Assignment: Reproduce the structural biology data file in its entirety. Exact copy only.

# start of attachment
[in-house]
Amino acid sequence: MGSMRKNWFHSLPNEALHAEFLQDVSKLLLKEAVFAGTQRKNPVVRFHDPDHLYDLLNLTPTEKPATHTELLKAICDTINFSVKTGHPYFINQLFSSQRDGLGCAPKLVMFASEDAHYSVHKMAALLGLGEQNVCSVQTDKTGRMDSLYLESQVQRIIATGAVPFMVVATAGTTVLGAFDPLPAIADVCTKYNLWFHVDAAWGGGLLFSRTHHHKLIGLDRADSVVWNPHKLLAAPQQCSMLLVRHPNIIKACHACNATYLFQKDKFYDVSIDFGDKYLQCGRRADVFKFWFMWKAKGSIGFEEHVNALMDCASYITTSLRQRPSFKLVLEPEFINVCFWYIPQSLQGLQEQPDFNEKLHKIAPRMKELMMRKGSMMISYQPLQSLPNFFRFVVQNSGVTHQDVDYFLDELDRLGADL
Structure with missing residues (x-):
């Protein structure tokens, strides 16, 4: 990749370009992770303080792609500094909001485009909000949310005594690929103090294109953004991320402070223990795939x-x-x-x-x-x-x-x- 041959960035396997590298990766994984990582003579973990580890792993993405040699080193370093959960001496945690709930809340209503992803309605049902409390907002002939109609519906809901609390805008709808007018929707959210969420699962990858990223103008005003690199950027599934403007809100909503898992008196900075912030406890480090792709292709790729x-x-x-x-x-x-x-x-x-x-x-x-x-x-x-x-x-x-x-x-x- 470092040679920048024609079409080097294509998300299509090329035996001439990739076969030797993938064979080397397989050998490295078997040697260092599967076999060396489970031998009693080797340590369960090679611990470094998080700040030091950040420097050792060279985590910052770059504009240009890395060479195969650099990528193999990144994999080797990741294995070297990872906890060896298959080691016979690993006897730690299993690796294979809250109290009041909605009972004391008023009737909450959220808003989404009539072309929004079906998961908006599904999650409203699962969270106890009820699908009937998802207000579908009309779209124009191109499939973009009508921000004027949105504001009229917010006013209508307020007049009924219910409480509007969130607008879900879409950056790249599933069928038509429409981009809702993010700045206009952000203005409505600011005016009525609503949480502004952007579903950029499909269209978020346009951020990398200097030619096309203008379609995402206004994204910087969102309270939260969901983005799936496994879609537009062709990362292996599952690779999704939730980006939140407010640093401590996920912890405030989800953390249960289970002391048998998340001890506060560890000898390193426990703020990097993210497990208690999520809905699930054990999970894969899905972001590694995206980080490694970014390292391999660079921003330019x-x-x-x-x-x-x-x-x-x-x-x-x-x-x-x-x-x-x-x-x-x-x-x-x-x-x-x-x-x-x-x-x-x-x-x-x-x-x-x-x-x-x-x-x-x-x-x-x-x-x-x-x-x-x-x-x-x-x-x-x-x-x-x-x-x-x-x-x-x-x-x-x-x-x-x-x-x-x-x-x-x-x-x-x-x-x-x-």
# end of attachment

[in-house]
Amino acid sequence: MGSMRKNWFHSLPNEALHAEFLQDVSKLLLKEAVFAGTQRKNPVVRFHDPDHLYDLLNLTPTEKPATHTELLKAICDTINFSVKTGHPYFINQLFSSQRDGLGCAPKLVMFASEDAHYSVHKMAALLGLGEQNVCSVQTDKTGRMDSLYLESQVQRIIATGAVPFMVVATAGTTVLGAFDPLPAIADVCTKYNLWFHVDAAWGGGLLFSRTHHHKLIGLDRADSVVWNPHKLLAAPQQCSMLLVRHPNIIKACHACNATYLFQKDKFYDVSIDFGDKYLQCGRRADVFKFWFMWKAKGSIGFEEHVNALMDCASYITTSLRQRPSFKLVLEPEFINVCFWYIPQSLQGLQEQPDFNEKLHKIAPRMKELMMRKGSMMISYQPLQSLPNFFRFVVQNSGVTHQDVDYFLDELDRLGADL
Structure with missing residues (x-):
């Protein structure tokens, strides 16, 4: 990749370009992770303080792609500094909001485009909000949310005594690929103090294109953004991320402070223990795939x-x-x-x-x-x-x-x- 041959960035396997590298990766994984990582003579973990580890792993993405040699080193370093959960001496945690709930809340209503992803309605049902409390907002002939109609519906809901609390805008709808007018929707959210969420699962990858990223103008005003690199950027599934403007809100909503898992008196900075912030406890480090792709292709790729x-x-x-x-x-x-x-x-x-x-x-x-x-x-x-x-x-x-x-x-x- 470092040679920048024609079409080097294509998300299509090329035996001439990739076969030797993938064979080397397989050998490295078997040697260092599967076999060396489970031998009693080797340590369960090679611990470094998080700040030091950040420097050792060279985590910052770059504009240009890395060479195969650099990528193999990144994999080797990741294995070297990872906890060896298959080691016979690993006897730690299993690796294979809250109290009041909605009972004391008023009737909450959220808003989404009539072309929004079906998961908006599904999650409203699962969270106890009820699908009937998802207000579908009309779209124009191109499939973009009508921000004027949105504001009229917010006013209508307020007049009924219910409480509007969130607008879900879409950056790249599933069928038509429409981009809702993010700045206009952000203005409505600011005016009525609503949480502004952007579903950029499909269209978020346009951020990398200097030619096309203008379609995402206004994204910087969102309270939260969901983005799936496994879609537009062709990362292996599952690779999704939730980006939140407010640093401590996920912890405030989800953390249960289970002391048998998340001890506060560890000898390193426990703020990097993210497990208690999520809905699930054990999970894969899905972001590694995206980080490694970014390292391999660079921003330019x-x-x-x-x-x-x-x-x-x-x-x-x-x-x-x-x-x-x-x-x-x-x-x-x-x-x-x-x-x-x-x-x-x-x-x-x-x-x-x-x-x-x-x-x-x-x-x-x-x-x-x-x-x-x-x-x-x-x-x-x-x-x-x-x-x-x-x-x-x-x-x-x-x-x-x-x-x-x-x-x-x-x-x-x-x-x-x-």